What About Abuse?

When we talk about standing for your marriage or keeping your covenant, often people in abusive relationships believe we are saying they should continue taking abuse in the name of faithfulness. Nothing could be further from the truth!

Abuse, whether verbal, physical, psychological, or sexual, is one of the many ways the enemy attacks relationship. When you make the choice to stand against the enemy and agree with God, it is important that you separate natural things from spiritual things.

People who abuse others are operating out of their own wounding and many times have been abused themselves. I am not excusing the behavior, but I do acknowledge that Jesus Christ died for that person and wants to see him or her healed and restored just as much as He desires the same for the one being abused.

Many times abuse begins long before marriage. The one being abused grows to accept the behavior and might even expect it to change after the wedding. As you well know if you have been abused, it only gets worse as time goes on.

Whether abuse begins early in a relationship or develops over time, it demoralizes the one being abused. Fear, guilt, blame, and shame accompany abuse. In the cycle of abuse, the one being abused may assume responsibility for the reaction of the abuser. “If only I hadn’t done this or said that. It’s my fault.”

Additionally, the abuser often follows abuse with a showering of attention and/or gifts to reaffirm his or her “love” for the one abused. This can give hope to the abused one that things are changing. Promises that it will never happen again, though, soon disappear as the cycle repeats itself over and over again.

If you are in that type of relationship, you need to seek help. Standing for your marriage does not mean accepting abuse. If you or your children or another member of your family is in physical danger, you need to take measures to get out of danger. There is a huge difference between that, though, and divorce.

The world, and unfortunately many Christian counselors, believe the only way to deal with abuse is to get rid of the abuser. Finding a counselor who will help you reach a safe place and help you heal, but not tell you to walk out of the marriage is extremely difficult. If we were simply dealing with human behavior and the world’s way of handling it, I could understand their point. But we are not!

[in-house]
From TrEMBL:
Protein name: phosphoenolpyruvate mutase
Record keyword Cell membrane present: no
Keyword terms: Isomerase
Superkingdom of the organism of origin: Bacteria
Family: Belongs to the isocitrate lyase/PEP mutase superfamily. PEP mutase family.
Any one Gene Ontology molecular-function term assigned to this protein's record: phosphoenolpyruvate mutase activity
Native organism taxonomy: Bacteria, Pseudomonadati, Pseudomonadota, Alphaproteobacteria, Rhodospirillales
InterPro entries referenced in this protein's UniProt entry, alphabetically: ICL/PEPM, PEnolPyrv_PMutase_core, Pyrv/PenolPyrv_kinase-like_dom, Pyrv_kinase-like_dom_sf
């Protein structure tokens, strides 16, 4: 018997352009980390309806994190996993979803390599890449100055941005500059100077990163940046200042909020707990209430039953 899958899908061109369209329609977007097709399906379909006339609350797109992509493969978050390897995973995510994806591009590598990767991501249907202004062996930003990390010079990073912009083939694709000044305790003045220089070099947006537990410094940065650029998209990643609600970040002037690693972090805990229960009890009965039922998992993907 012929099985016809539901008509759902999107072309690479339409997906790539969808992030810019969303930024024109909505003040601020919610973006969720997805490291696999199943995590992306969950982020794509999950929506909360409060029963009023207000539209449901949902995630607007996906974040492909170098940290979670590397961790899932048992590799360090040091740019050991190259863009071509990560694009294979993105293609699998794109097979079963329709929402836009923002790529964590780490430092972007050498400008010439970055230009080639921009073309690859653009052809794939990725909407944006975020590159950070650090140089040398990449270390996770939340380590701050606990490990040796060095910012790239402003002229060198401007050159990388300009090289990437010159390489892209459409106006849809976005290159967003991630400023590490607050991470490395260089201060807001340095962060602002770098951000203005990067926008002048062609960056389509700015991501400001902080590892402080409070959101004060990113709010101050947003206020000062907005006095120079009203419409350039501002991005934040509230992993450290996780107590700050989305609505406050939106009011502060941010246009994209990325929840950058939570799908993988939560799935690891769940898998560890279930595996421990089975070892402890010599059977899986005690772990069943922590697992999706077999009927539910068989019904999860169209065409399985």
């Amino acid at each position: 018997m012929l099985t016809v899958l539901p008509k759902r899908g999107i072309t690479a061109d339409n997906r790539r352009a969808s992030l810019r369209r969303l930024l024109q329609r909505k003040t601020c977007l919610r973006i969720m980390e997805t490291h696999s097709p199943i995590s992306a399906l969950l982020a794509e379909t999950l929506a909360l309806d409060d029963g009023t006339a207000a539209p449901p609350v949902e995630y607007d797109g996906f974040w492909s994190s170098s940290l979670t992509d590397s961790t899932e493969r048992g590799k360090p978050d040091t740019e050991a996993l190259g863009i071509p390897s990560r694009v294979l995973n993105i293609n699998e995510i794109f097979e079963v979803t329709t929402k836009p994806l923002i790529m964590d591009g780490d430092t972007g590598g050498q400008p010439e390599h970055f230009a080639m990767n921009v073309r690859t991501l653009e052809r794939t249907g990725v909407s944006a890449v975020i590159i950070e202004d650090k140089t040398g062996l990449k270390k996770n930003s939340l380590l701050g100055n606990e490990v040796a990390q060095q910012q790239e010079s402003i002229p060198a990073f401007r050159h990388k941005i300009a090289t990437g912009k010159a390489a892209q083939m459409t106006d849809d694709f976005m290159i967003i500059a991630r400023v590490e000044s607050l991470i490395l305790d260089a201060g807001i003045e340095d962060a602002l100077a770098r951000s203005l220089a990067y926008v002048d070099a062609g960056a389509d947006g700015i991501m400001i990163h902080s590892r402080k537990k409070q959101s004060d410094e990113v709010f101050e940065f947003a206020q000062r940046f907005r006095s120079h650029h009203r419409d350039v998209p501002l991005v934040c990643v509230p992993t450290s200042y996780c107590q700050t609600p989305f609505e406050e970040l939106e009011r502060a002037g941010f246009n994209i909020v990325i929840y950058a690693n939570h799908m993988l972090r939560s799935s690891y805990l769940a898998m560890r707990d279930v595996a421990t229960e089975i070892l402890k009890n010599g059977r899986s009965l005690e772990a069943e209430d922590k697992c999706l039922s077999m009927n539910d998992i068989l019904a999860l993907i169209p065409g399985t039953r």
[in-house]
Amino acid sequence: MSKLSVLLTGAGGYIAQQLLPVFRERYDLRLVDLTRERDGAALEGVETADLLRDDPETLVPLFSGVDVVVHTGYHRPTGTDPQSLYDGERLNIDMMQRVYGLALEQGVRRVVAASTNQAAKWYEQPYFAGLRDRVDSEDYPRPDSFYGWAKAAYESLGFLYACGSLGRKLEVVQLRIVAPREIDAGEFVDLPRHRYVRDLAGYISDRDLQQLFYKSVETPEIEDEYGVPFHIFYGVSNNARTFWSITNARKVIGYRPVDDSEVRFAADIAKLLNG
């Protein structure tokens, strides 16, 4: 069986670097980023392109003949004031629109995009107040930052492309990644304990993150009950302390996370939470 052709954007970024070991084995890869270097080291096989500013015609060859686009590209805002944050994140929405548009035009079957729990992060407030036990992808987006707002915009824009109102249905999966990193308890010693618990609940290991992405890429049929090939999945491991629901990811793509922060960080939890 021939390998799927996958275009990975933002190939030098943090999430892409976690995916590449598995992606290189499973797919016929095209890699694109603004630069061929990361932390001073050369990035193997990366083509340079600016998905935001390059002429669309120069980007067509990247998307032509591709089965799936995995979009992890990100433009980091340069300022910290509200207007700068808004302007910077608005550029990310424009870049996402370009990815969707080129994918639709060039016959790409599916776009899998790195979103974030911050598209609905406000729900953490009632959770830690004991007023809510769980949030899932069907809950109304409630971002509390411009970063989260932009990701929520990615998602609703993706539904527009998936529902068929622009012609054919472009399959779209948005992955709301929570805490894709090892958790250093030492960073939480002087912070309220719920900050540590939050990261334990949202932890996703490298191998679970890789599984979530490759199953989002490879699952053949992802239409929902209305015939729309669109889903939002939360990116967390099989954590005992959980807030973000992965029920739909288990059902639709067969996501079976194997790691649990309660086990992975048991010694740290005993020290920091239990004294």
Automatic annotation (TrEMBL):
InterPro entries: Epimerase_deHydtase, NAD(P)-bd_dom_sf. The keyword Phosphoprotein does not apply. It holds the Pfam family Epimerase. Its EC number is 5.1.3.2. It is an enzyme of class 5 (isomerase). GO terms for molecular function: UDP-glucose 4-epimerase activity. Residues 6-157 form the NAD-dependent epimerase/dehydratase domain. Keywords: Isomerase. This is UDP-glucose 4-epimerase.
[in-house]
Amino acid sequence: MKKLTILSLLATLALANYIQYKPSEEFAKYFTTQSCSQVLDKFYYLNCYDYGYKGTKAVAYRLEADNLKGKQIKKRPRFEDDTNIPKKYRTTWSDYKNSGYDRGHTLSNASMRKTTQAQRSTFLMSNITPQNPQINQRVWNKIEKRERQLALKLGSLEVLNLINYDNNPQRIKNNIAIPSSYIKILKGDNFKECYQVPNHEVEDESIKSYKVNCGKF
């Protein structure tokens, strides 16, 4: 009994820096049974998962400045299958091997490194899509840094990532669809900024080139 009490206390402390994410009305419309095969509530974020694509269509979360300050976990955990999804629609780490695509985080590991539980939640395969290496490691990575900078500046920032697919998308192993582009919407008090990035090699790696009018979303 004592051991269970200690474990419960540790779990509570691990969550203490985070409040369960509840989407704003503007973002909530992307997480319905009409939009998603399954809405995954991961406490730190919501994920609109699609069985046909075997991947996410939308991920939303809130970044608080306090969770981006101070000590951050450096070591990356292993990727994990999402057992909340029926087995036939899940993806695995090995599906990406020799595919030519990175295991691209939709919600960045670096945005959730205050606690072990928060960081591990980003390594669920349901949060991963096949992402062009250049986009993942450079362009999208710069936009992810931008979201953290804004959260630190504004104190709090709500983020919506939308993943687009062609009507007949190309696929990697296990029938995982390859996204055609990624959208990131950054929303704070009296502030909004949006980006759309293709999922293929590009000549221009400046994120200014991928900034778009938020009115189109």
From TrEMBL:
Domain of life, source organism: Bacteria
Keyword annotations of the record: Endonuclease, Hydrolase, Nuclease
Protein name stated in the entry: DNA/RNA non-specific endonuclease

Scripture tells us that we are more than conquerors through Christ Jesus. His blood paid the price to overcome sin. The power of His love and forgiveness are not reserved just for those that we deem “redeemable”, but extends to all through His faith for them. Scripture after scripture speaks of the power we have in the Spirit to overcome and to walk in victory. We are not victims when we are in Christ. We are victors!

I know that what I am saying is not easy to hear, but far too often we have seen people walk out of a marriage without ever dealing with their own issues. Often they walk right back into a similar situation. You are not responsible for the behavior of the abuser, but you can be obedient for yourself and allow the Lord to bring healing and restoration to your life

As you begin healing and growing stronger, you can start to identify the enemy operating through your spouse and learn to take authority over that activity. Again, it does not mean you have to subject yourself to the behavior, but you learn that greater is He who is in you than he who is in the world. My husband was never physically abusive, but his verbal abuse viciously attacked both our children and me. Over time I learned how to silence those spirits when they were in my presence because they had to submit to Jesus Christ within me. Eventually they had to release their hold on my husband as the transforming power of Jesus changed his heart and life.

So, if you are married to someone who is abusing you, get help. Recognize the difference between finding a safe place and divorcing. Find a counselor who will help you face the issues of your own heart and help you heal. Learn who you truly are in Christ and how precious you are to Him! Grow strong in the Spirit. And then ask the Lord how to stand and pray for your spouse to be set free from the enemy’s hold. Love, Marilyn

Romans 8; 1 John 4:4; 2 Corinthians 10:3-6; 1 Corinthians 15:57; Nehemiah 4:14

Who Is Responsible?

As I’ve said a number of times, we are responsible for our own actions and words. We are not responsible for the words and actions of others. If someone does something that upsets us, we can tell them. “When you do (or say) that, I feel angry.” Not “When you do (or say that), you make me angry.”

No one can make you feel anything.